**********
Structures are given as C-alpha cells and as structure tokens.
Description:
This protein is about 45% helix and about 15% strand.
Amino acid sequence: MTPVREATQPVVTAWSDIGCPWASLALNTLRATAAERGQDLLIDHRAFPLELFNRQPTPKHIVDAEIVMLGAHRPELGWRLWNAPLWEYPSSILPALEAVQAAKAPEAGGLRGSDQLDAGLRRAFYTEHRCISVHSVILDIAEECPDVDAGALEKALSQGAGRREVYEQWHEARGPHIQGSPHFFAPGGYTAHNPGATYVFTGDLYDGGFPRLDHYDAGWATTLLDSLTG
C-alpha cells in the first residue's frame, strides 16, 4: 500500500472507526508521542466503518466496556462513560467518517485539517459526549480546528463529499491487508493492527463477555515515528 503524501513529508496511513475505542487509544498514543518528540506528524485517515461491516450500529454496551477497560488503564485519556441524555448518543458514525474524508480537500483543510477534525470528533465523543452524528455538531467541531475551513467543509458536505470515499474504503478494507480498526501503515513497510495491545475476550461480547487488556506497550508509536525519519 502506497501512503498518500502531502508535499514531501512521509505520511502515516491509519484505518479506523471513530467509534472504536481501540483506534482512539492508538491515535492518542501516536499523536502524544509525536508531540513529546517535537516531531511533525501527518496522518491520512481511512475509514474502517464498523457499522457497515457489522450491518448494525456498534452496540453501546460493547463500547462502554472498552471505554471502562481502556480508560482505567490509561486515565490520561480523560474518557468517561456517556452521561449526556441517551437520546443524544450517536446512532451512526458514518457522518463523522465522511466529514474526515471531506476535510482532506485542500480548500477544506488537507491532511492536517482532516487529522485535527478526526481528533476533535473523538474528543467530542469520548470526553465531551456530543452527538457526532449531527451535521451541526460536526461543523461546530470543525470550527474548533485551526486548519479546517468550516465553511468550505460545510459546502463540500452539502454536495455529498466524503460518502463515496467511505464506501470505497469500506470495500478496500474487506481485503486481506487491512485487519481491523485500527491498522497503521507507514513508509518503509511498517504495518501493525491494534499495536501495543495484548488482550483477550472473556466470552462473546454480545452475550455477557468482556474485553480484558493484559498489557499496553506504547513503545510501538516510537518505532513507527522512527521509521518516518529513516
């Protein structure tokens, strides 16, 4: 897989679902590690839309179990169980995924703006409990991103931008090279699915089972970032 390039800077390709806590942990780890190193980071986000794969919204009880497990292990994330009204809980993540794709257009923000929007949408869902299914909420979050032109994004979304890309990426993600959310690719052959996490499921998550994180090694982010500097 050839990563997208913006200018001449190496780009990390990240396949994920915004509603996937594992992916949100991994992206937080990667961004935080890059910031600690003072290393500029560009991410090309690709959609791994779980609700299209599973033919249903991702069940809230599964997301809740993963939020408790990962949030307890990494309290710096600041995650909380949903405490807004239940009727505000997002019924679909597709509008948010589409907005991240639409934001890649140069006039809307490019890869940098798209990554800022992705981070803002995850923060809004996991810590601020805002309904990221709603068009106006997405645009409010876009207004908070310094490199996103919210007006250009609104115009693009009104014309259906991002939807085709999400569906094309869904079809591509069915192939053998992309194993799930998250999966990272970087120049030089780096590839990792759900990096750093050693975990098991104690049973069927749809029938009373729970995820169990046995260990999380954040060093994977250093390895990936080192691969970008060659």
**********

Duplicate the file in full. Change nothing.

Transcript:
Structures are given as C-alpha cells and as structure tokens.
Description:
This protein is about 45% helix and about 15% strand.
Amino acid sequence: MTPVREATQPVVTAWSDIGCPWASLALNTLRATAAERGQDLLIDHRAFPLELFNRQPTPKHIVDAEIVMLGAHRPELGWRLWNAPLWEYPSSILPALEAVQAAKAPEAGGLRGSDQLDAGLRRAFYTEHRCISVHSVILDIAEECPDVDAGALEKALSQGAGRREVYEQWHEARGPHIQGSPHFFAPGGYTAHNPGATYVFTGDLYDGGFPRLDHYDAGWATTLLDSLTG
C-alpha cells in the first residue's frame, strides 16, 4: 500500500472507526508521542466503518466496556462513560467518517485539517459526549480546528463529499491487508493492527463477555515515528 503524501513529508496511513475505542487509544498514543518528540506528524485517515461491516450500529454496551477497560488503564485519556441524555448518543458514525474524508480537500483543510477534525470528533465523543452524528455538531467541531475551513467543509458536505470515499474504503478494507480498526501503515513497510495491545475476550461480547487488556506497550508509536525519519 502506497501512503498518500502531502508535499514531501512521509505520511502515516491509519484505518479506523471513530467509534472504536481501540483506534482512539492508538491515535492518542501516536499523536502524544509525536508531540513529546517535537516531531511533525501527518496522518491520512481511512475509514474502517464498523457499522457497515457489522450491518448494525456498534452496540453501546460493547463500547462502554472498552471505554471502562481502556480508560482505567490509561486515565490520561480523560474518557468517561456517556452521561449526556441517551437520546443524544450517536446512532451512526458514518457522518463523522465522511466529514474526515471531506476535510482532506485542500480548500477544506488537507491532511492536517482532516487529522485535527478526526481528533476533535473523538474528543467530542469520548470526553465531551456530543452527538457526532449531527451535521451541526460536526461543523461546530470543525470550527474548533485551526486548519479546517468550516465553511468550505460545510459546502463540500452539502454536495455529498466524503460518502463515496467511505464506501470505497469500506470495500478496500474487506481485503486481506487491512485487519481491523485500527491498522497503521507507514513508509518503509511498517504495518501493525491494534499495536501495543495484548488482550483477550472473556466470552462473546454480545452475550455477557468482556474485553480484558493484559498489557499496553506504547513503545510501538516510537518505532513507527522512527521509521518516518529513516
């Protein structure tokens, strides 16, 4: 897989679902590690839309179990169980995924703006409990991103931008090279699915089972970032 390039800077390709806590942990780890190193980071986000794969919204009880497990292990994330009204809980993540794709257009923000929007949408869902299914909420979050032109994004979304890309990426993600959310690719052959996490499921998550994180090694982010500097 050839990563997208913006200018001449190496780009990390990240396949994920915004509603996937594992992916949100991994992206937080990667961004935080890059910031600690003072290393500029560009991410090309690709959609791994779980609700299209599973033919249903991702069940809230599964997301809740993963939020408790990962949030307890990494309290710096600041995650909380949903405490807004239940009727505000997002019924679909597709509008948010589409907005991240639409934001890649140069006039809307490019890869940098798209990554800022992705981070803002995850923060809004996991810590601020805002309904990221709603068009106006997405645009409010876009207004908070310094490199996103919210007006250009609104115009693009009104014309259906991002939807085709999400569906094309869904079809591509069915192939053998992309194993799930998250999966990272970087120049030089780096590839990792759900990096750093050693975990098991104690049973069927749809029938009373729970995820169990046995260990999380954040060093994977250093390895990936080192691969970008060659």